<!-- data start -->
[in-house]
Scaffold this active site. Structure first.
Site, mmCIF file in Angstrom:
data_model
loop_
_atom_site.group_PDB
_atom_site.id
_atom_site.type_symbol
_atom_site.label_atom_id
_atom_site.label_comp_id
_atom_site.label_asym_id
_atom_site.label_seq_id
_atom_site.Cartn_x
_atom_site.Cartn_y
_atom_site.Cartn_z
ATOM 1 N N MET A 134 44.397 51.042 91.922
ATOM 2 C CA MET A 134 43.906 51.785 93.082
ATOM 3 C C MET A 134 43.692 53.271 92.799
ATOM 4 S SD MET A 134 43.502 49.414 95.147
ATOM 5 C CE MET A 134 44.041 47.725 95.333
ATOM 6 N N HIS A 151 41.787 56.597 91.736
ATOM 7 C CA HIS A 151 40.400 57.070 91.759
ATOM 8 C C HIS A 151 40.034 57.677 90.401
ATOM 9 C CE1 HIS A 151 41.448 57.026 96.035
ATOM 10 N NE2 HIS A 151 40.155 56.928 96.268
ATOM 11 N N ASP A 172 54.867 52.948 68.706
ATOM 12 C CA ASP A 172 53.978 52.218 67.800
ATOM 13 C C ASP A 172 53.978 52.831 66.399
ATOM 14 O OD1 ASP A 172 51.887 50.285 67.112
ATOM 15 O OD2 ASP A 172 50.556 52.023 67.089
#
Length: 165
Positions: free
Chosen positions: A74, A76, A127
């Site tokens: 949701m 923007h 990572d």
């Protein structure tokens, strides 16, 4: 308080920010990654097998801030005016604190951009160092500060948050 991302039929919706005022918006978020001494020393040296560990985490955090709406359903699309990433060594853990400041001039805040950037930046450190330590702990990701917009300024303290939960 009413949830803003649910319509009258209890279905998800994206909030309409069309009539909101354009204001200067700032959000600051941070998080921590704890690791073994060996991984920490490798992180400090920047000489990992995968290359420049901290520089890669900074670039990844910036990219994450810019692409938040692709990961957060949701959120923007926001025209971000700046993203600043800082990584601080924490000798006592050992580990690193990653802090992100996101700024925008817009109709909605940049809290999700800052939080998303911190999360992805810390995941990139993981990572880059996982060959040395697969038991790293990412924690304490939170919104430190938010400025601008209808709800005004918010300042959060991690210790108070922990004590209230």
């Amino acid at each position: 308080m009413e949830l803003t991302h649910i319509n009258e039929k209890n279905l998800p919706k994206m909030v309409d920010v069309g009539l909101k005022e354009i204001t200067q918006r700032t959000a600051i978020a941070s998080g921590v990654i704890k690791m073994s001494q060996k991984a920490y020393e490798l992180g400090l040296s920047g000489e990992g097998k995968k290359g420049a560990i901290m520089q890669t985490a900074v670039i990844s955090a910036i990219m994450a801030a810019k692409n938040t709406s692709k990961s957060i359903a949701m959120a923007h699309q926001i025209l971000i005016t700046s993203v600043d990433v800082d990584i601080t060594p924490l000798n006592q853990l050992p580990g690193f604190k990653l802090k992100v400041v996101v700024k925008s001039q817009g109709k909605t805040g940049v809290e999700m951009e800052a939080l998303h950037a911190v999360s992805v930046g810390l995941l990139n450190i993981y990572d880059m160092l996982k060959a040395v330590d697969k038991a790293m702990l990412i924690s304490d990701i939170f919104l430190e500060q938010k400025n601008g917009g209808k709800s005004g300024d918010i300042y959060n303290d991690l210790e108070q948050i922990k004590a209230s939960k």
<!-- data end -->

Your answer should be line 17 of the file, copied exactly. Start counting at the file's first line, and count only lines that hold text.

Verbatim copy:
ATOM 2 C CA MET A 134 43.906 51.785 93.082